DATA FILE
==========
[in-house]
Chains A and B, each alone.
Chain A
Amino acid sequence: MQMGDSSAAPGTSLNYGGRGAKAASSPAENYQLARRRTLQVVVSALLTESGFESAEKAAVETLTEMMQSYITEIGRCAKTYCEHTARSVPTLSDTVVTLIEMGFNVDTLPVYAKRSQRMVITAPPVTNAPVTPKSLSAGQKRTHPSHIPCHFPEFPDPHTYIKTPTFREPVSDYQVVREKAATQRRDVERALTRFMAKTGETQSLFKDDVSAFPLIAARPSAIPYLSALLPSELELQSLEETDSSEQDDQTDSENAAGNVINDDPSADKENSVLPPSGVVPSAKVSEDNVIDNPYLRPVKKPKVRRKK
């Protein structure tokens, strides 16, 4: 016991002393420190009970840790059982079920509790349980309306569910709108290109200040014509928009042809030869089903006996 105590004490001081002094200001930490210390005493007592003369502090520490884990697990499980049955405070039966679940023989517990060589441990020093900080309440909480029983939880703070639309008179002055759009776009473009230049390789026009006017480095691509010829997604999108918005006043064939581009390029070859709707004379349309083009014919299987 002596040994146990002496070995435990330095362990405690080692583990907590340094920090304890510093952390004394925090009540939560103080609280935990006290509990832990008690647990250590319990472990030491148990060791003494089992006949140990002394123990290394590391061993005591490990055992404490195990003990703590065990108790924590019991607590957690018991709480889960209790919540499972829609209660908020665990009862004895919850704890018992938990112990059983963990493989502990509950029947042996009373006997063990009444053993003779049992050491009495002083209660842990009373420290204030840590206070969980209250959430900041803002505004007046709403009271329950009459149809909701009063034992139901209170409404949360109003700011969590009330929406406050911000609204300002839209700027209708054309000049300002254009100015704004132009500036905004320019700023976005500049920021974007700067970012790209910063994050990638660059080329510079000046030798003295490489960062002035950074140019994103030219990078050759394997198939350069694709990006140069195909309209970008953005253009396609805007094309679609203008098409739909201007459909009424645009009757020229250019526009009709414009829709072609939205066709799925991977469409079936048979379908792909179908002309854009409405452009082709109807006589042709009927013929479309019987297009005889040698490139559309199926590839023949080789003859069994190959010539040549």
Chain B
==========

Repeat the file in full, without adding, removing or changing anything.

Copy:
[in-house]
Chains A and B, each alone.
Chain A
Amino acid sequence: MQMGDSSAAPGTSLNYGGRGAKAASSPAENYQLARRRTLQVVVSALLTESGFESAEKAAVETLTEMMQSYITEIGRCAKTYCEHTARSVPTLSDTVVTLIEMGFNVDTLPVYAKRSQRMVITAPPVTNAPVTPKSLSAGQKRTHPSHIPCHFPEFPDPHTYIKTPTFREPVSDYQVVREKAATQRRDVERALTRFMAKTGETQSLFKDDVSAFPLIAARPSAIPYLSALLPSELELQSLEETDSSEQDDQTDSENAAGNVINDDPSADKENSVLPPSGVVPSAKVSEDNVIDNPYLRPVKKPKVRRKK
């Protein structure tokens, strides 16, 4: 016991002393420190009970840790059982079920509790349980309306569910709108290109200040014509928009042809030869089903006996 105590004490001081002094200001930490210390005493007592003369502090520490884990697990499980049955405070039966679940023989517990060589441990020093900080309440909480029983939880703070639309008179002055759009776009473009230049390789026009006017480095691509010829997604999108918005006043064939581009390029070859709707004379349309083009014919299987 002596040994146990002496070995435990330095362990405690080692583990907590340094920090304890510093952390004394925090009540939560103080609280935990006290509990832990008690647990250590319990472990030491148990060791003494089992006949140990002394123990290394590391061993005591490990055992404490195990003990703590065990108790924590019991607590957690018991709480889960209790919540499972829609209660908020665990009862004895919850704890018992938990112990059983963990493989502990509950029947042996009373006997063990009444053993003779049992050491009495002083209660842990009373420290204030840590206070969980209250959430900041803002505004007046709403009271329950009459149809909701009063034992139901209170409404949360109003700011969590009330929406406050911000609204300002839209700027209708054309000049300002254009100015704004132009500036905004320019700023976005500049920021974007700067970012790209910063994050990638660059080329510079000046030798003295490489960062002035950074140019994103030219990078050759394997198939350069694709990006140069195909309209970008953005253009396609805007094309679609203008098409739909201007459909009424645009009757020229250019526009009709414009829709072609939205066709799925991977469409079936048979379908792909179908002309854009409405452009082709109807006589042709009927013929479309019987297009005889040698490139559309199926590839023949080789003859069994190959010539040549």
Chain B